Maybe it’s because I’ve got a smiley face. Maybe it’s because I look like a comfortably upholstered ex-librarian. Whatever the reason, people seem surprised to learn I write crime fiction. Not ‘cosy crime’ either, but murder mysteries involving the violent deaths of teenage girls, a Scottish archaeologist and a vivacious redheaded businesswoman (to name but a few).
Maybe because I don’t project the image of a writer preoccupied with the grislier elements of human nature, some readers have been shocked by the subject matter of The Shame of Innocence – though I hasten to say, I’m no fan of those crime novels or drama series that revel in extreme methods of killing: victims flayed alive; dead bodies pegged out in some significant fashion that sends a message to the investigators.
Okay, the plot of ‘The Da Vinci Code’ relied on such ritualistic displays, as did ‘The Silence of the Lambs’, but I’m concerned that too many more contemporary crime stories treat the victim as nothing more than a cipher or as an excuse to describe ever more sensationalistic ways for a murderer – often a serial killer – to despatch his victims. Such stylised violence tends to devalue the victims and pays little attention to the grieving family and friends left behind.
‘The Shame of Innocence’ has at its core the murders of two teenage girls: one girl’s enjoyed a privileged upbringing, the other’s survived a chaotic childhood spent mostly in care. Yet, as D.I. Jeff Lincoln observes, the girls are not so different after all: both brought up without a father, both looking for love in all the wrong places.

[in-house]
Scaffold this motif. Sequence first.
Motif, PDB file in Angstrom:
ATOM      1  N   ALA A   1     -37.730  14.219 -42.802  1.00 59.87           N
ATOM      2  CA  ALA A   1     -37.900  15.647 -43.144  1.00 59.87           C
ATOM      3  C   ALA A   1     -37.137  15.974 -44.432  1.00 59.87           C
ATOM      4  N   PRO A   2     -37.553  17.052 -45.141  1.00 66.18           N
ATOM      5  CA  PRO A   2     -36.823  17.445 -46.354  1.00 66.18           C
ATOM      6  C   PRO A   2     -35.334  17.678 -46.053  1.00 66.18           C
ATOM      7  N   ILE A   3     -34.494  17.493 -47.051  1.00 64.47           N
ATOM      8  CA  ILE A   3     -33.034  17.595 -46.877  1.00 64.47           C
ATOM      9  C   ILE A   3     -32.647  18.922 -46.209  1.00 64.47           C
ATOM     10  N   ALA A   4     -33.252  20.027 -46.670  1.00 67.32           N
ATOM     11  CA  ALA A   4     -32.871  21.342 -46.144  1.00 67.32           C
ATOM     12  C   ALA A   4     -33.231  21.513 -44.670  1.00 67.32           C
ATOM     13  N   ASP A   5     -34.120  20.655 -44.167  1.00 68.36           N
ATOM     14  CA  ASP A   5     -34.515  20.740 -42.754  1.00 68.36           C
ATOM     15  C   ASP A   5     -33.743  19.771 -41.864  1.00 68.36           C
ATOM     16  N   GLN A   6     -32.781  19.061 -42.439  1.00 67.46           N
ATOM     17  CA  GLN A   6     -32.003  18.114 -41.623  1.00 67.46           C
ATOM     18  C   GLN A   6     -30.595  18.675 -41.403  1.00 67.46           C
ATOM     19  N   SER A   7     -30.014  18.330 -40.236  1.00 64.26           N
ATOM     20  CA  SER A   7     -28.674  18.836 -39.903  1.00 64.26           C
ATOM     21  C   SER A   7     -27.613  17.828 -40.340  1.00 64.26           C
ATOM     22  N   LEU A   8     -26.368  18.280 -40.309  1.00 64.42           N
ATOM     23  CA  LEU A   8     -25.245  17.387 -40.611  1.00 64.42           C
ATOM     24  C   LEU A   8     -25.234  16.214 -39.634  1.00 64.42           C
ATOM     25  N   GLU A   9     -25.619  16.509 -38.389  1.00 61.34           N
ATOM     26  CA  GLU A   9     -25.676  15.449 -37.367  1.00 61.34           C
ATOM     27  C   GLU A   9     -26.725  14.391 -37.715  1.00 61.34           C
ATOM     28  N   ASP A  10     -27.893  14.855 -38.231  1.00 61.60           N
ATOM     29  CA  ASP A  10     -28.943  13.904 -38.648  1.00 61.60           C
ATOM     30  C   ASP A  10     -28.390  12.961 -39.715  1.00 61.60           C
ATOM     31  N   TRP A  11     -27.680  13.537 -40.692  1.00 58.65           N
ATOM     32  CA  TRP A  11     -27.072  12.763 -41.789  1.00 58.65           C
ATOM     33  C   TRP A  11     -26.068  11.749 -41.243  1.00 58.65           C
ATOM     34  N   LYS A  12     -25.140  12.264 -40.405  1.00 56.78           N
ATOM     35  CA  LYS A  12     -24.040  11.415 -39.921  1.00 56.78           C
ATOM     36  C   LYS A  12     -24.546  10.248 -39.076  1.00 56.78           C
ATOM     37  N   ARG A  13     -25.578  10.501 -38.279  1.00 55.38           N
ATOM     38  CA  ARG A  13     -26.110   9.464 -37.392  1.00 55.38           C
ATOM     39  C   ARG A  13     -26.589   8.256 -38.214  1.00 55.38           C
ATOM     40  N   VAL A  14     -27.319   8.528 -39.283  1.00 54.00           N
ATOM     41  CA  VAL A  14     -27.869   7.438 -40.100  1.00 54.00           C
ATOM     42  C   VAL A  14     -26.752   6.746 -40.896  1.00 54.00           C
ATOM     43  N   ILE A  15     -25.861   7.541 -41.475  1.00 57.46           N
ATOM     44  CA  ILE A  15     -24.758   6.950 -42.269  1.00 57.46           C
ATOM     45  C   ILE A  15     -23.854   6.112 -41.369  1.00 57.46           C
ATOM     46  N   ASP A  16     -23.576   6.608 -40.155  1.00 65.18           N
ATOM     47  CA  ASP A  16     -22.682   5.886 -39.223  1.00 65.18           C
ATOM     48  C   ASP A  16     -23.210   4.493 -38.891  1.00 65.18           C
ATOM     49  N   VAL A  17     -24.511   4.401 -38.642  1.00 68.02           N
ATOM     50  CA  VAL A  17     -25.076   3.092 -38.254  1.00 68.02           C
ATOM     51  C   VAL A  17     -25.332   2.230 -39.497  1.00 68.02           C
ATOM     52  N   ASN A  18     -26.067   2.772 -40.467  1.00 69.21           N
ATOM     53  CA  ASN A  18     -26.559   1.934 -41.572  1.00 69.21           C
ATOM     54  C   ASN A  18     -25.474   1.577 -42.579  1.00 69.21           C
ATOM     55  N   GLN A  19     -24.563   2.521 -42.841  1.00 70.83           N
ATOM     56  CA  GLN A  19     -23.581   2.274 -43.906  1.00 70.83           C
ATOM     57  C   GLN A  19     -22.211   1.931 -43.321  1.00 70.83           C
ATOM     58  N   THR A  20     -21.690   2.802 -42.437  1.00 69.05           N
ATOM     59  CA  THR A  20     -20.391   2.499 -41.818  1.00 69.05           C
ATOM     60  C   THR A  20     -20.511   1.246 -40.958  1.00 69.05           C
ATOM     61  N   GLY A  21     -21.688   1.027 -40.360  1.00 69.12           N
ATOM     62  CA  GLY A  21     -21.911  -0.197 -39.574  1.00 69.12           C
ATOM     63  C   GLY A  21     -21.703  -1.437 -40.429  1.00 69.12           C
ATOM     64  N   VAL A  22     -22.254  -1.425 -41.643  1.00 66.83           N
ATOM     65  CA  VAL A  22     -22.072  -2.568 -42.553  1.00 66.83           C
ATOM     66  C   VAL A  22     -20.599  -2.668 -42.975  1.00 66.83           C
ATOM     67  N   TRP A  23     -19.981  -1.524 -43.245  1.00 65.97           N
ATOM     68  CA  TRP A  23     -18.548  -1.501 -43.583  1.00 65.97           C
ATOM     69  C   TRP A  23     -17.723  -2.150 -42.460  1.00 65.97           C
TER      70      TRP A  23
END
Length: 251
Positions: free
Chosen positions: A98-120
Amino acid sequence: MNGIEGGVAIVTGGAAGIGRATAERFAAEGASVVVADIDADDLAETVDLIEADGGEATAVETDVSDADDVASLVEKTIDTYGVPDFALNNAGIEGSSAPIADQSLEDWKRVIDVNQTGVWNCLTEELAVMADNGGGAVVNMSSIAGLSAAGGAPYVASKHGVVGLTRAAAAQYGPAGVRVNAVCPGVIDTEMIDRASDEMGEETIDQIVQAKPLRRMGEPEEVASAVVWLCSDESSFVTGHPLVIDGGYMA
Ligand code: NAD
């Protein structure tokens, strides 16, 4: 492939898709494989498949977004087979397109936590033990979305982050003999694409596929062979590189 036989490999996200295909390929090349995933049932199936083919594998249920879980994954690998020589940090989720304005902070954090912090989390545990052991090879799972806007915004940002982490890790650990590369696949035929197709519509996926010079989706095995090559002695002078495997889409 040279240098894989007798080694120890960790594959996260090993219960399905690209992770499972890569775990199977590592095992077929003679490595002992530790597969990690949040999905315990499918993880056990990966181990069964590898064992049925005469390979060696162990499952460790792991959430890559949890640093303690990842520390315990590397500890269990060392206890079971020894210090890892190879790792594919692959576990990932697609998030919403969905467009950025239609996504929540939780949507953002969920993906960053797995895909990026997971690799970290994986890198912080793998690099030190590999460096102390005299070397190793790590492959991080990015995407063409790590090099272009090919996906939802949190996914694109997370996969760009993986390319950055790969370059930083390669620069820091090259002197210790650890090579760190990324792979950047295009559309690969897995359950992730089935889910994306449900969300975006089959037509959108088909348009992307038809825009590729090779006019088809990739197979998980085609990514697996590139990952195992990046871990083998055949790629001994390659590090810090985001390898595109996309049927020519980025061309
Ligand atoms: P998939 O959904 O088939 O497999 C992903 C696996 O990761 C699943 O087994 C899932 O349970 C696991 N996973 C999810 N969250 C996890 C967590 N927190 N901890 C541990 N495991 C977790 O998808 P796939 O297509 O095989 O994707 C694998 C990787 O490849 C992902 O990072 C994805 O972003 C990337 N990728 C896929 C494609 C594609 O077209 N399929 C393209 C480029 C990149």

I didn’t want to dwell on the brutality of their murders but neither did I want to understate the casual violence with which they were killed. Whoever was responsible for their deaths, I needed to demonstrate how evil they were without indulging in excessively gory descriptions.
I also wanted the reader to feel sympathy for the victims, especially Lorren, the girl who’d spent so long in care. Her story was prompted in part by a case in London some years ago: a teenager who went off the rails, left home and ended up as a prostitute and drug addict, the responsibility of several overlapping agencies and local authorities but somehow slipping through the cracks. She was dead from an overdose before she reached her fourteenth birthday.
As Jeff Lincoln thinks when he sees the few possessions Lorren leaves behind in her foster home: “Such a little life.”
So I’m sorry if the violence in ‘The Shame of Innocence’ has upset anyone – I didn’t set out to. And I can promise you, none of it’s gratuitous, written simply to shock or to sicken. Murder mysteries appeal to me because they’re a puzzle, a riddle to be solved. Even if I know from the start ‘who dun it’, making it work out is always a challenge: sowing the seeds, slipping clues in along the way so the solution is logical if surprising. I’m not sure I’m ready to write a different genre of fiction any time soon.
I may not look like the sort of person who writes about murder but looks can be deceptive!